Staying Active For seniors, retirement is much more than just manicures

Mountain climbing may have been an unlikely third act for Baltimore resident Gail Lipsitz, but it turned out to be a passion that was simply realized later in life. She had taught English to high school and college students, spending a little time in France in the process. She then spent 27 years as a public relations coordinator for Jewish Community Services before recognizing that the time was right for a busy life that did not involve a career.

“It was my decision,” she said. “I was able to choose the timing, and my basic motivation was that I just wanted to do a lot of things while I could still do them.”

Lipsitz retired in December 2013 and began to partake in exercise courses at the Edward A. Myerberg Senior Center along with a hiking club. Not long after, her son, David, asked if she would join him in his quest to climb Mount Bierstadt in Colorado.

“A good retirement is one in which you do go out of your comfort zone and try new things.”

Lipsitz ended up hiking all 14,065 feet of the mountain last summer with her son with little difficulty, which she attributes to the regular hiking she has done in retirement.

Gail Lipsitz pauses while climbing Mount Bierstadt with her son David. She has resolved to live an active retirement by doing activities such as hiking and traveling. (Photo provided)

Gail Lipsitz pauses while climbing Mount Bierstadt with her son David. She has resolved to live an active retirement by doing activities such as hiking and traveling. (Photo provided)

“Your adrenaline kicks in when you see people on the summit,” she said.

With her newfound hobby, Lipsitz has perhaps reached the summit of her life as well. She admits she was somewhat concerned about retiring because she thought the community would no longer view her as a professional. Lipsitz’s husband, Allan, had died in 2007, and she needed to find fulfilling ways to spend her days, even if that didn’t mean being in an office.

“I had to redefine how I wanted to spend these years, and since I was still working when he passed away, I had time to think about that,” she said.

Clarity came on a January trip to India when Lipsitz ran into an acquaintance, and upon telling her about her retirement, the friend exclaimed “I can’t imagine ever retiring,” she said. “I’d be so bored. What do you do all day, get your nails done?”

In addition to hiking, she teaches literature to adults at two synagogues and the Myerberg Center.

Neal Cierler also chose to lead an active retirement by becoming involved in JCS’s Mitzvah Mobility program as a volunteer driver. Cierler retired two years ago after a career with the Social Security Administration and saw an ad in the JT for volunteering with JCS.

“I was going to take care of the house or find some interests,” he said. “I wanted to find something I really wanted to do besides work.”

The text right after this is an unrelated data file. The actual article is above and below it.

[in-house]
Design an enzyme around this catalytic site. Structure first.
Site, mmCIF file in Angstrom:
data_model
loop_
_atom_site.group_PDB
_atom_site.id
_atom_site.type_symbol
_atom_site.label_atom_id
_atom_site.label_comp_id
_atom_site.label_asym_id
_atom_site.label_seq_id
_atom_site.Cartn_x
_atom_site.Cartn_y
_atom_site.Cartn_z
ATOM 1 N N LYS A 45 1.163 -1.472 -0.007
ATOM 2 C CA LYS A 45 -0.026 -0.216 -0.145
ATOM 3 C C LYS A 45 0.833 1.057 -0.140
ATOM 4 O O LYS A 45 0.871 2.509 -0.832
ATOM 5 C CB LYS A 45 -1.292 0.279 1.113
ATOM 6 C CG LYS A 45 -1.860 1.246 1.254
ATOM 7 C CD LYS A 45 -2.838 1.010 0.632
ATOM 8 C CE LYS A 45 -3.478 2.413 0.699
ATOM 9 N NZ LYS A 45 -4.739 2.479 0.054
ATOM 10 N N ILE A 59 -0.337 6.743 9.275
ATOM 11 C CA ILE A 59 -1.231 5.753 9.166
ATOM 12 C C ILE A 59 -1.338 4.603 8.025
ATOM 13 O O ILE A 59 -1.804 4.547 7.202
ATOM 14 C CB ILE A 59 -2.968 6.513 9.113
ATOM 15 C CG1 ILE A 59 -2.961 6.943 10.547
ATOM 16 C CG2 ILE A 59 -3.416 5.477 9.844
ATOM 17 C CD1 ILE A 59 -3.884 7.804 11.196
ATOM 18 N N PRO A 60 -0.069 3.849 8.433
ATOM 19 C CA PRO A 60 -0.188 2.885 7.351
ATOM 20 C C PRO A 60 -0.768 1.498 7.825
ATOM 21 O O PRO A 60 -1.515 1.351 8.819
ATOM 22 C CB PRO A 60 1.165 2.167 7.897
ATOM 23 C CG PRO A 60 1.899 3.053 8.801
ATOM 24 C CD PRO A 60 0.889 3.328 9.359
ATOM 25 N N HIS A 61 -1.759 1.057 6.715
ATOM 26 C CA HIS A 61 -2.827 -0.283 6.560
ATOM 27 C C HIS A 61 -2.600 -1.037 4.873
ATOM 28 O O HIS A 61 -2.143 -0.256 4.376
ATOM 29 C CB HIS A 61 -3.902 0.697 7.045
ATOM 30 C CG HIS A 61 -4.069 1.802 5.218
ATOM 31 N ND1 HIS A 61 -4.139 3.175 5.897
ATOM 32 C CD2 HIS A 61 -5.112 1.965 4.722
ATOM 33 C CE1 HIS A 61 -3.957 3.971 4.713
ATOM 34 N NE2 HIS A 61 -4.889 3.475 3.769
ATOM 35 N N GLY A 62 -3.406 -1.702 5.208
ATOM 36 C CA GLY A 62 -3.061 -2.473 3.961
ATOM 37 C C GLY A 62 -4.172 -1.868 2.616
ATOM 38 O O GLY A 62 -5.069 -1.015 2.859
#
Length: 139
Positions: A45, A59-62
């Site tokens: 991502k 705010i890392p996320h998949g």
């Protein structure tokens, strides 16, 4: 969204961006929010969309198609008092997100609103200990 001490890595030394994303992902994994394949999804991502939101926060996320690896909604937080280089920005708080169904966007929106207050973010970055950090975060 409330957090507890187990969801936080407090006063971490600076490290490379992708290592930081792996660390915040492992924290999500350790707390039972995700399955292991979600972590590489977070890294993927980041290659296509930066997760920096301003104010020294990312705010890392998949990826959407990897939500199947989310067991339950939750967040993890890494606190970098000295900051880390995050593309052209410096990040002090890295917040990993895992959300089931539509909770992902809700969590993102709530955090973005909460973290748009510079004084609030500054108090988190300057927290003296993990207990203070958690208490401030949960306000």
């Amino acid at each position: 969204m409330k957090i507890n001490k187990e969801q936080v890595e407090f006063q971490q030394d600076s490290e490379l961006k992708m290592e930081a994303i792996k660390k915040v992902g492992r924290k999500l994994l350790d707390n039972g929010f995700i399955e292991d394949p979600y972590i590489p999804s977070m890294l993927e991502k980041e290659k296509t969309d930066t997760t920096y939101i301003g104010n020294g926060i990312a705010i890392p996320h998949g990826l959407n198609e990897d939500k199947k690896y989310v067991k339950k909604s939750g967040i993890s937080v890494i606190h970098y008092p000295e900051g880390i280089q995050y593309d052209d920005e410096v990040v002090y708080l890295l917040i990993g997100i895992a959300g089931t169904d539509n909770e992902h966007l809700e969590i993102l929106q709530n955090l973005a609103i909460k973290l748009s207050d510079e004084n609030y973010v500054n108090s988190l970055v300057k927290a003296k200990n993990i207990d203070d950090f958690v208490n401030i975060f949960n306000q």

Most of Cierler’s clients are elderly and lack mobility. He accompanies them to doctor’s appointments, trips to the grocery store and other errands. Arrangements are typically made through a client’s social worker who contacts the volunteer coordinator and lets volunteers such as Cierler know they are needed.

“It’s just fascinating to talk these people,” he said. “They have a lot to tell and they have a lot to say. A lot of them just want to have somebody to talk to.”

Neal Cierler volunteers as a driver for the JCS’s Mitzvah Mobility program. Cierle retired two yars ago from the Social Security Administration. (Photo provided)

Neal Cierler volunteers as a driver for the JCS’s Mitzvah Mobility program. Cierle retired two yars ago from the Social Security Administration. (Photo provided)

Beth Hecht, JCS’s senior manager for community engagement, said it is often older adults who volunteer to take care of other older adults.

Whether it be through an institution such as JCS or through another means, retirement has the potential to be just as meaningful as a career. In Lipsitz’s case it is the last chapter in a life that has taken her to a variety of physical and mental places.

“It’s extremely fulfilling and stimulating,” she said of her current life. “It keeps my mind active but it’s far from full time work.”

Lipsitz said she recognizes that some do not have the luxury of retiring when they choose, and she said the purpose of her retirement is to stay active.

“I was not a person who felt like my whole identity was tied up in my job,” she said.

“On some level many are doing caregiving for their parents as the older generation lives longer,” she said.

Hecht said many volunteers also teach English as a second language  and spend time with children as part of a Big Brother, Big Sister program. She said retired attorneys help run a free legal clinic for those who need advice.

“That’s a wonderful way where attorneys can stay connected and have some personal satisfaction,” she said.

dschere@midatlanticmedia.com

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